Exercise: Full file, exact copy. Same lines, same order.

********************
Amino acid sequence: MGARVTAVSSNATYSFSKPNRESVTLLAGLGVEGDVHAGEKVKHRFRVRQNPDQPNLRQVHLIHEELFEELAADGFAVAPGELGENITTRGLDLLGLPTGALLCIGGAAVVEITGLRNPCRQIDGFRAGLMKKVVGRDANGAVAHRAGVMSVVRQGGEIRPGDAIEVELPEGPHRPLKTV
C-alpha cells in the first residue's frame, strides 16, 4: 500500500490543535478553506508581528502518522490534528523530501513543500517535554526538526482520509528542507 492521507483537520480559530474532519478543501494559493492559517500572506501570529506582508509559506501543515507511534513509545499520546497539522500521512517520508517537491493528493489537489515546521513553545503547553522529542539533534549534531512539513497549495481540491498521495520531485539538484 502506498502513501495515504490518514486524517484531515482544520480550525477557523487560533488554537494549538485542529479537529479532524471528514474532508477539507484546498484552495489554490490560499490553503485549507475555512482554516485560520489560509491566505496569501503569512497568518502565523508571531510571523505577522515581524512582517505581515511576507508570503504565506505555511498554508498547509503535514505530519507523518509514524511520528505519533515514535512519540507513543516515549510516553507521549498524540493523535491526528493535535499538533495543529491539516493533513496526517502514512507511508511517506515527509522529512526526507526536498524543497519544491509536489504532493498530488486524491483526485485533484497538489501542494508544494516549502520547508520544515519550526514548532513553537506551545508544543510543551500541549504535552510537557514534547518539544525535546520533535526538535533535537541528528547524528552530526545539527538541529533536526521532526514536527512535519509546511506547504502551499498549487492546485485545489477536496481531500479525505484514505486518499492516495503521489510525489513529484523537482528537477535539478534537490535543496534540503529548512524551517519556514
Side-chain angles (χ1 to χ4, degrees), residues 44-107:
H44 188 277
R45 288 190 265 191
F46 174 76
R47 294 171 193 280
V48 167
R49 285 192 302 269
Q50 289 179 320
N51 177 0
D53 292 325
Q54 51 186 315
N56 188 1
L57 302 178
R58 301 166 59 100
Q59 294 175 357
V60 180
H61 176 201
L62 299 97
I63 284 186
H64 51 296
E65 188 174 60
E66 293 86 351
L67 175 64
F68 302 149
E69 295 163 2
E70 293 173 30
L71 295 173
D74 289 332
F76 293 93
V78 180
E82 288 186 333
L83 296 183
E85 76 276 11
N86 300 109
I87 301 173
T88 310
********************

Amino acid sequence: MGARVTAVSSNATYSFSKPNRESVTLLAGLGVEGDVHAGEKVKHRFRVRQNPDQPNLRQVHLIHEELFEELAADGFAVAPGELGENITTRGLDLLGLPTGALLCIGGAAVVEITGLRNPCRQIDGFRAGLMKKVVGRDANGAVAHRAGVMSVVRQGGEIRPGDAIEVELPEGPHRPLKTV
C-alpha cells in the first residue's frame, strides 16, 4: 500500500490543535478553506508581528502518522490534528523530501513543500517535554526538526482520509528542507 492521507483537520480559530474532519478543501494559493492559517500572506501570529506582508509559506501543515507511534513509545499520546497539522500521512517520508517537491493528493489537489515546521513553545503547553522529542539533534549534531512539513497549495481540491498521495520531485539538484 502506498502513501495515504490518514486524517484531515482544520480550525477557523487560533488554537494549538485542529479537529479532524471528514474532508477539507484546498484552495489554490490560499490553503485549507475555512482554516485560520489560509491566505496569501503569512497568518502565523508571531510571523505577522515581524512582517505581515511576507508570503504565506505555511498554508498547509503535514505530519507523518509514524511520528505519533515514535512519540507513543516515549510516553507521549498524540493523535491526528493535535499538533495543529491539516493533513496526517502514512507511508511517506515527509522529512526526507526536498524543497519544491509536489504532493498530488486524491483526485485533484497538489501542494508544494516549502520547508520544515519550526514548532513553537506551545508544543510543551500541549504535552510537557514534547518539544525535546520533535526538535533535537541528528547524528552530526545539527538541529533536526521532526514536527512535519509546511506547504502551499498549487492546485485545489477536496481531500479525505484514505486518499492516495503521489510525489513529484523537482528537477535539478534537490535543496534540503529548512524551517519556514
Side-chain angles (χ1 to χ4, degrees), residues 44-107:
H44 188 277
R45 288 190 265 191
F46 174 76
R47 294 171 193 280
V48 167
R49 285 192 302 269
Q50 289 179 320
N51 177 0
D53 292 325
Q54 51 186 315
N56 188 1
L57 302 178
R58 301 166 59 100
Q59 294 175 357
V60 180
H61 176 201
L62 299 97
I63 284 186
H64 51 296
E65 188 174 60
E66 293 86 351
L67 175 64
F68 302 149
E69 295 163 2
E70 293 173 30
L71 295 173
D74 289 332
F76 293 93
V78 180
E82 288 186 333
L83 296 183
E85 76 276 11
N86 300 109
I87 301 173
T88 310